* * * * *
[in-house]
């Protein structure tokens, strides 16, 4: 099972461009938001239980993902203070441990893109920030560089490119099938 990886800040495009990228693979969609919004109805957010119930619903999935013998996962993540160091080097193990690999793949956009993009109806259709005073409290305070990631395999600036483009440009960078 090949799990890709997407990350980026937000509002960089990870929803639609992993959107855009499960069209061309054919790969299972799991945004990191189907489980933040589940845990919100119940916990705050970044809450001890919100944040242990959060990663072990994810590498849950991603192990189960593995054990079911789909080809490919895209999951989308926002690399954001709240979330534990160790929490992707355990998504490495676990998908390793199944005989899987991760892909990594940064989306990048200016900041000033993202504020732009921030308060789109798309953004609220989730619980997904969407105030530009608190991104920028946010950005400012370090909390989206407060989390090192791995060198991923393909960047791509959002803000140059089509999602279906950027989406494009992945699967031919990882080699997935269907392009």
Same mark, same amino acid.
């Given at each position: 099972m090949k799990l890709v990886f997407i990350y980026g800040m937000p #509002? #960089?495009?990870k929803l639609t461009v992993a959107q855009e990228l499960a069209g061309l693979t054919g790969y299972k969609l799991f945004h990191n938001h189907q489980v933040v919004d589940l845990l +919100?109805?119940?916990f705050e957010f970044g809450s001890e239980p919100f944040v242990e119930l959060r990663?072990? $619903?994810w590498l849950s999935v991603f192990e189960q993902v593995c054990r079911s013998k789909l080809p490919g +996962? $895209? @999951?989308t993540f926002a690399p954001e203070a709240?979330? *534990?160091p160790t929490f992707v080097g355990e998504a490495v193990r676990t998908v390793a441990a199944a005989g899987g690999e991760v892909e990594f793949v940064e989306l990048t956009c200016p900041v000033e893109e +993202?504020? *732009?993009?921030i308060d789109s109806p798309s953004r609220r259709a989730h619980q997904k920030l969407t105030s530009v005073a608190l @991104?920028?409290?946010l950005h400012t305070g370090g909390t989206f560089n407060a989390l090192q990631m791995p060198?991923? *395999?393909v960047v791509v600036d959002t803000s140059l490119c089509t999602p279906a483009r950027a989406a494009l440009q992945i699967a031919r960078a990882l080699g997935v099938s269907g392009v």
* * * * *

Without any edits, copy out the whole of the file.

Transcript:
[in-house]
């Protein structure tokens, strides 16, 4: 099972461009938001239980993902203070441990893109920030560089490119099938 990886800040495009990228693979969609919004109805957010119930619903999935013998996962993540160091080097193990690999793949956009993009109806259709005073409290305070990631395999600036483009440009960078 090949799990890709997407990350980026937000509002960089990870929803639609992993959107855009499960069209061309054919790969299972799991945004990191189907489980933040589940845990919100119940916990705050970044809450001890919100944040242990959060990663072990994810590498849950991603192990189960593995054990079911789909080809490919895209999951989308926002690399954001709240979330534990160790929490992707355990998504490495676990998908390793199944005989899987991760892909990594940064989306990048200016900041000033993202504020732009921030308060789109798309953004609220989730619980997904969407105030530009608190991104920028946010950005400012370090909390989206407060989390090192791995060198991923393909960047791509959002803000140059089509999602279906950027989406494009992945699967031919990882080699997935269907392009």
Same mark, same amino acid.
């Given at each position: 099972m090949k799990l890709v990886f997407i990350y980026g800040m937000p #509002? #960089?495009?990870k929803l639609t461009v992993a959107q855009e990228l499960a069209g061309l693979t054919g790969y299972k969609l799991f945004h990191n938001h189907q489980v933040v919004d589940l845990l +919100?109805?119940?916990f705050e957010f970044g809450s001890e239980p919100f944040v242990e119930l959060r990663?072990? $619903?994810w590498l849950s999935v991603f192990e189960q993902v593995c054990r079911s013998k789909l080809p490919g +996962? $895209? @999951?989308t993540f926002a690399p954001e203070a709240?979330? *534990?160091p160790t929490f992707v080097g355990e998504a490495v193990r676990t998908v390793a441990a199944a005989g899987g690999e991760v892909e990594f793949v940064e989306l990048t956009c200016p900041v000033e893109e +993202?504020? *732009?993009?921030i308060d789109s109806p798309s953004r609220r259709a989730h619980q997904k920030l969407t105030s530009v005073a608190l @991104?920028?409290?946010l950005h400012t305070g370090g909390t989206f560089n407060a989390l090192q990631m791995p060198?991923? *395999?393909v960047v791509v600036d959002t803000s140059l490119c089509t999602p279906a483009r950027a989406a494009l440009q992945i699967a031919r960078a990882l080699g997935v099938s269907g392009v």